A coalition of major entertainment companies urged the Second Circuit on Wednesday to rule that media-monitoring service TVEyes is “well beyond the bounds of fair use.”
The amicus brief, from the Copyright Alliance, came as Fox News is asking the Second Circuit to overturn a 2014 ruling that much of TVEyes’ service, which records live television and turns it into a word-searchable database, is permitted to operate legally under the fair use doctrine.
The Alliance — made up of the major movie and television studios, record labels and other media companies, such as Time Warner, Disney and Sony Pictures — claims it is a “a staunch supporter of fair use principles." But it says TVEyes’ service goes well beyond what the doctrine is designed to allow.
“If fair use principles are misconstrued to allow a commercial entity to simply redistribute and commercially exploit the copyrighted works of others on a significant scale — as the district court allowed TVEyes to do here — it will stifle the very creativity that the Copyright Act is intended to foster,” the Alliance wrote.
The entertainment companies painted TVEyes as particularly threatening because of its timing — arriving just as TV networks themselves are transitioning to online formats.
“The market for the distribution of television content is rapidly evolving, with rightsholders … increasingly relying on online and digital redistribution of their content,” the brief said. “Permitting TVEyes and its ilk to usurp and interfere with those markets will result in harmful consequences to the television industry, and to licensees who actually obtain the proper authorizations from rightsholders.”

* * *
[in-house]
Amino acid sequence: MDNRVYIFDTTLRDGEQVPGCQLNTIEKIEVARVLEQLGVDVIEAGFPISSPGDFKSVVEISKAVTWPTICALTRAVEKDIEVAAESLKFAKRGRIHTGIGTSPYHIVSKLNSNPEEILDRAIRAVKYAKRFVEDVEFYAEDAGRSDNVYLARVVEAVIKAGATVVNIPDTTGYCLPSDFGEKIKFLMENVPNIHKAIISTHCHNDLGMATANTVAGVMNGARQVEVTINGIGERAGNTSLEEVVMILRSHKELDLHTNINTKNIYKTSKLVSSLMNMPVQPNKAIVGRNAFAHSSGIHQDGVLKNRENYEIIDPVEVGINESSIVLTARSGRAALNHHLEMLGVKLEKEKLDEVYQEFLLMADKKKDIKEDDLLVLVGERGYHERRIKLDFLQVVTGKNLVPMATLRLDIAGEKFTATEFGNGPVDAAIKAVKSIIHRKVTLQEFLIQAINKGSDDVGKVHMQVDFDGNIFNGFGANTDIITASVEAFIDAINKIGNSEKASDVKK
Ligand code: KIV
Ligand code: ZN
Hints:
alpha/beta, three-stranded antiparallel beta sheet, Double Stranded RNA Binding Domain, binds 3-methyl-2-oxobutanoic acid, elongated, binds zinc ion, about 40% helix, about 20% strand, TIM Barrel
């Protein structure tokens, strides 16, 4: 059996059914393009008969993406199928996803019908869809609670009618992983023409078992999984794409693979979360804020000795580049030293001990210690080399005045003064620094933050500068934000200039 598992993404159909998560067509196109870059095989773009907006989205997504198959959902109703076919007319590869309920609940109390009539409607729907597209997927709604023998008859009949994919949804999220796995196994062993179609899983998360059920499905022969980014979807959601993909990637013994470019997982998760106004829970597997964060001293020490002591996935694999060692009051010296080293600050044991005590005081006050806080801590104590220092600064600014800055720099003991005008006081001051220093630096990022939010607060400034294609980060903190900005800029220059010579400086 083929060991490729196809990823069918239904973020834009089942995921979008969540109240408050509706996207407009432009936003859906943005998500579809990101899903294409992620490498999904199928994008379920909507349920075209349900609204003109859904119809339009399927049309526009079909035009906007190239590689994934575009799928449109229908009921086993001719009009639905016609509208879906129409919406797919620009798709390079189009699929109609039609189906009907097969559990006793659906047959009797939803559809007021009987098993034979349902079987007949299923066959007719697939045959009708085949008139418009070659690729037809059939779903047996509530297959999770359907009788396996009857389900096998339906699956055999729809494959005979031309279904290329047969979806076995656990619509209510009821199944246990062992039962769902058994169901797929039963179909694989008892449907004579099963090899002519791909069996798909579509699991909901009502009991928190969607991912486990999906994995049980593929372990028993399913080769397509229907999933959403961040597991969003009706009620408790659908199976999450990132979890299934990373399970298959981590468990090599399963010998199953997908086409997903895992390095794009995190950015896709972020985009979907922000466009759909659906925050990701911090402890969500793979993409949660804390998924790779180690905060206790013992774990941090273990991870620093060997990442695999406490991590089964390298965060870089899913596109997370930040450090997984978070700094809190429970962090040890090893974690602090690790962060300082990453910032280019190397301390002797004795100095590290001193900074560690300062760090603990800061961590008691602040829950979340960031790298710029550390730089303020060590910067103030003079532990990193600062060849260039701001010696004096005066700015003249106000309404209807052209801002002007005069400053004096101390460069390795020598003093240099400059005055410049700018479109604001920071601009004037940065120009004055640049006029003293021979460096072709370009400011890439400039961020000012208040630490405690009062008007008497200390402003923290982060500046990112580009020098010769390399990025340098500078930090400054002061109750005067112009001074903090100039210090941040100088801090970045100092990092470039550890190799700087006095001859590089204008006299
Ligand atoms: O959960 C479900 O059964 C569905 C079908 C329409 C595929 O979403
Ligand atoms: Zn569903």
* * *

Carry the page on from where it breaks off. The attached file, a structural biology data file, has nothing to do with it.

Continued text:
TVEyes provides around-the-clock television recording, which it then indexes and turns into a word-searchable database of clips. Its subscribers reportedly include the White House, dozens of members of Congress, the Associated Press and Goldman Sachs.
The company believed that all that copying and sharing and databasing was protected by the fair use doctrine, much like Google’s mass digitization of books, which the Second Circuit recently declared to be fair use. But Fox News sued for copyright infringement in 2013, saying the service was more like an illegal on-demand service.
The judge overseeing the case, U.S. District Judge Alvin K. Hellerstein, largely ruled in TVEyes’ favor in 2014, finding that the core service of turning television broadcasts into a searchable database was a transformative fair use of the footage. But he then issued a second ruling in August 2015 that said TVEyes had gone too with certain features, like ones that let users download the clips or email them to friends.
Each side has appealed those rulings to the Second Circuit.
The case has drawn high-profile amici on both sides. Before the Alliance brief filed Wednesday, Google Inc. and Microsoft Inc. both filed briefs in favor of TVEyes.
The Copyright Alliance is represented by Barry I. Slotnick and Jonathan N. Strauss of Loeb & Loeb LLP.
Fox News is represented by Dale M. Cendali, Joshua L. Simmons and Johanna Schmitt of Kirkland & Ellis LLP.
TVEyes is represented by Todd Anten, Kathleen Sullivan and Jessica Rose of Quinn Emanuel Urquhart & Sullivan LLP.
The case is Fox News Network, LLC v. TVEyes Inc., case number 15-3885, at the U.S. Court of Appeals for the Second Circuit.